“Section 3 (1) of the Minister of Finance (Incorporation) Act Chap 69:03 (Tab C) says that all NGC shares are held by Corporation Sole in trust for the State but at section 3 (3), he may be sued in his corporate capacity but only in respect of any real or personal property vested in him. The NGC shares are vested in Corporation Sole as real or personal property.” Maharaj posited.
He pointed to the Cord of Appeal matter between CEPEP and Oropouche MP Dr. Roodal Moonilal and the judgement of Justice of Appeal Mendonca who said, “it cannot be disputed that the central government has a level of control over the Appellant. The Appellant is owned by the State and the Minister of Finance in his capacity as corporation sole is the sole shareholder…However, the board of directors is responsible for the management of the company and it is within the board’s powers, duties and discretion to make a number of decisions that would impact on the business of the company. I accept that the sole shareholder of the company is in a position to exercise control over the directors. But what is the evidence of the shareholder exercising such control? This is not really addressed in any way in the affidavits before the court.”
Another Senior Counsel who also wanted to speak on condition of anonymity said the issue of intent will be a major concern should the government give an indemnity.
He said, “If a Board has to seek an indemnity, then it must raise a red flag as to whether they are exercising their independent, professional judgement and discretion and acting in the best interest of the company which is their primary duty. If i am asking for an indemnity it also raises red flags as to whether I was forced or coerced into doing something that was against my better judgement and knowledge and expertise. If a board takes a decision in their collective wisdom they do no ask for an indemnity”
Karen Nunez-Tesheira who is a former Law Lecturer at the Hugh Wooding Law School and a Former Minister of Finance and Corporation Sole agreed with that point saying it appears the Directors were trying to avoid the Malcolm Jones fate but insisted it was likely the Indemnity could not hold in court.
“Clearly a Director, especially if it is a large company, a national company with importance to T&T your fiduciary responsibilities are enormous, and you expose yourself to legal action being taken by one of the other shareholders, in this case it could be bpTT of Shell or in change of government as we saw with UTT and Professor (Ken) Julien and Malcolm Jones and Petrotrin when the UNC government was in power, so clearly the request for indemnification goes beyond their concern with the current shareholders in Atlantic Trains 1 to 4 but also any successor government should they decide to do what the UNC did.”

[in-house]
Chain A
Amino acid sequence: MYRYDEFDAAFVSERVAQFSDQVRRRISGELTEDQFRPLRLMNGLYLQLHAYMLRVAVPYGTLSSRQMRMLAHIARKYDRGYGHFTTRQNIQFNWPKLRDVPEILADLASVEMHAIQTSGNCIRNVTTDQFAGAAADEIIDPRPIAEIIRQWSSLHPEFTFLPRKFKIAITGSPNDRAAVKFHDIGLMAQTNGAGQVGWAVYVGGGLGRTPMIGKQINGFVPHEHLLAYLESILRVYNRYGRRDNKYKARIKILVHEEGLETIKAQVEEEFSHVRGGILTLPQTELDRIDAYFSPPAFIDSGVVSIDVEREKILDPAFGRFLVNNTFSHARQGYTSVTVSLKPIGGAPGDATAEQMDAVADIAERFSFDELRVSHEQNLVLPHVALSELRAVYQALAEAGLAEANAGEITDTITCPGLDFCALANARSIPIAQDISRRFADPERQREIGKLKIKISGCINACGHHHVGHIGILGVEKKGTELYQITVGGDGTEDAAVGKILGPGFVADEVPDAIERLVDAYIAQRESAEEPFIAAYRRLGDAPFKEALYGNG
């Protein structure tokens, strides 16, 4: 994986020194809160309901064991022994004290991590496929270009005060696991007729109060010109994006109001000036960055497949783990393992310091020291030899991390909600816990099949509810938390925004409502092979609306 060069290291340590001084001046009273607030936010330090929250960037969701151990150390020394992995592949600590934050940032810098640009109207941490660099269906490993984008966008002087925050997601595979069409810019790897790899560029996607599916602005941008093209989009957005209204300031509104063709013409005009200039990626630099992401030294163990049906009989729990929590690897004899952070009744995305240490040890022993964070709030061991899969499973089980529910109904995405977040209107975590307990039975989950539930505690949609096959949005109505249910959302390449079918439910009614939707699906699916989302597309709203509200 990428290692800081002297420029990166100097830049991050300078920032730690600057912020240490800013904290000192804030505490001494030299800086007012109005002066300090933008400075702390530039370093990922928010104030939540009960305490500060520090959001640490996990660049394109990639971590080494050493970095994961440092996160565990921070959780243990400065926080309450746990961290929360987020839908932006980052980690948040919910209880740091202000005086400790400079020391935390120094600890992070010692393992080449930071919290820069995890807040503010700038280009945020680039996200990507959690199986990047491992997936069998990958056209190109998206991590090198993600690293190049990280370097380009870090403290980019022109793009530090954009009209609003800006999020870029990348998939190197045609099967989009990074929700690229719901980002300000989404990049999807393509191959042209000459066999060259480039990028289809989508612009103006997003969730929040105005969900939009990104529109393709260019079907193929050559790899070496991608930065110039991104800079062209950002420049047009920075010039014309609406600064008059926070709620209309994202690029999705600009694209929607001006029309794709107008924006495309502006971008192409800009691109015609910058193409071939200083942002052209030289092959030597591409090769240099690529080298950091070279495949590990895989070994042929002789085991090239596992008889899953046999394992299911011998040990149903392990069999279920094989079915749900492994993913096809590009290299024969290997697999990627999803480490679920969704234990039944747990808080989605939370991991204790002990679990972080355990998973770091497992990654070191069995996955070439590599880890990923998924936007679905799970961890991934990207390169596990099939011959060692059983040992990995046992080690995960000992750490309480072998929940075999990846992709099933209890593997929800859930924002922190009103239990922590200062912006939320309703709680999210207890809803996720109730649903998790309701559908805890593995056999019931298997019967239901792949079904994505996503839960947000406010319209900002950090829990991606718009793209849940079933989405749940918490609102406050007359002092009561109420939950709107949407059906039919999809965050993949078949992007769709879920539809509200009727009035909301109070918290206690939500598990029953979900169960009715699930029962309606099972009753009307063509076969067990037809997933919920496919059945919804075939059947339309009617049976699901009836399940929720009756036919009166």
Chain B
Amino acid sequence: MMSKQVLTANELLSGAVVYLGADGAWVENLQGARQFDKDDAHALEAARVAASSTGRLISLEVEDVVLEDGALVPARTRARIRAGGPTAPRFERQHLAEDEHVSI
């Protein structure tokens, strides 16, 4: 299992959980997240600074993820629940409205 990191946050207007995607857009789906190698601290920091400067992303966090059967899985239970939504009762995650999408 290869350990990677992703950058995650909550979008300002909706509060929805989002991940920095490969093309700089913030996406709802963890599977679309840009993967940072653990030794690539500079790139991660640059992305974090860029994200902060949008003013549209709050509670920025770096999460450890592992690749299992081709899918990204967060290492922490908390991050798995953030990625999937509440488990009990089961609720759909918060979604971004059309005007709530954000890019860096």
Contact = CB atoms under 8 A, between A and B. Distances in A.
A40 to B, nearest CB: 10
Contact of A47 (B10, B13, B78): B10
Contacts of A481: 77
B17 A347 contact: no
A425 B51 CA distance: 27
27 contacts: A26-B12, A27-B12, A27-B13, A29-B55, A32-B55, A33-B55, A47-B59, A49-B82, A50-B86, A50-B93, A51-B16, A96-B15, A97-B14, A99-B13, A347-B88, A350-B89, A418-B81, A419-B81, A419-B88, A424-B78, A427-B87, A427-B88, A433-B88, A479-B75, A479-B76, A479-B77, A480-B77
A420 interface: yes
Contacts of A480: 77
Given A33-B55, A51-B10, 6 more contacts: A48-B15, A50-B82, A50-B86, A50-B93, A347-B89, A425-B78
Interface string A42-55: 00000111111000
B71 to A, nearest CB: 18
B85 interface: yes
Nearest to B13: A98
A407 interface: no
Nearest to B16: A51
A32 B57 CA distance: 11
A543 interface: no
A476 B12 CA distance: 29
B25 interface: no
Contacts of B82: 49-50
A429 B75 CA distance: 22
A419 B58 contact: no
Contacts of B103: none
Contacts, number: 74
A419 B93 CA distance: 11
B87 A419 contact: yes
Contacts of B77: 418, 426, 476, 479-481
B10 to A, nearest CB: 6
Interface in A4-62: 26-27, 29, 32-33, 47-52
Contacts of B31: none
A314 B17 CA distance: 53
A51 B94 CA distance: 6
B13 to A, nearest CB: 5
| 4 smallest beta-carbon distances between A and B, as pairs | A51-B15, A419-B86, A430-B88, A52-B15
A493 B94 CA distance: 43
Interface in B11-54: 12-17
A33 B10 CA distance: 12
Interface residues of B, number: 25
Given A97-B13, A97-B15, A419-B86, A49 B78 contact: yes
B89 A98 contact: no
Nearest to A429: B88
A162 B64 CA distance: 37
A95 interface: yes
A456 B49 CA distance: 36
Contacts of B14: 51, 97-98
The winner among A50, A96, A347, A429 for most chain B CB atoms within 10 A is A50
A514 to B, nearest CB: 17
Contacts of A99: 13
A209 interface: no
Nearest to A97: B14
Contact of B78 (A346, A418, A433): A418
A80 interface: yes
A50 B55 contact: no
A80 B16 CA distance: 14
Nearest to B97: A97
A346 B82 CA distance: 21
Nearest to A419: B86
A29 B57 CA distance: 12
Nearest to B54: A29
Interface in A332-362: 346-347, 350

The former Corporation Sole added, “I think the indemnity must stand the test of good faith, acting honestly or having reasonable grounds to believe that your conduct was lawful and I am not quite sure given the information that has been disclosed that they may find themselves being able to reach that standard of acting honestly or acting in good faith. So the indemnity may not help them under the statute.”
For Nunez-Tesheira there is a major difference between State owned enterprises and Statutory bodies like WASA.
“Dr Claude Denbow had written an article about the question of State Enterprises being under a separate piece of legislation than the companies Act of 1995, but the fact is the Companies Act says that State Enterprises, which are really state owned companies are governed by the companies Act which provides for indemnification, liability of directors, which was always part of the common law and which had been codified, so having said that State Owned Enterprises fall under the companies Act who is to give indemnification to directors it must be the company.”
Senior Counsel A calls it dodgy in the first and a cross examiner’s dream.
He said , “I do not believe that corporation sole can give an indemnity as corporation sole. He may be party to a resolution that ratifies the act. He can’t put us as taxpayers in the line of fire for directors who are in default.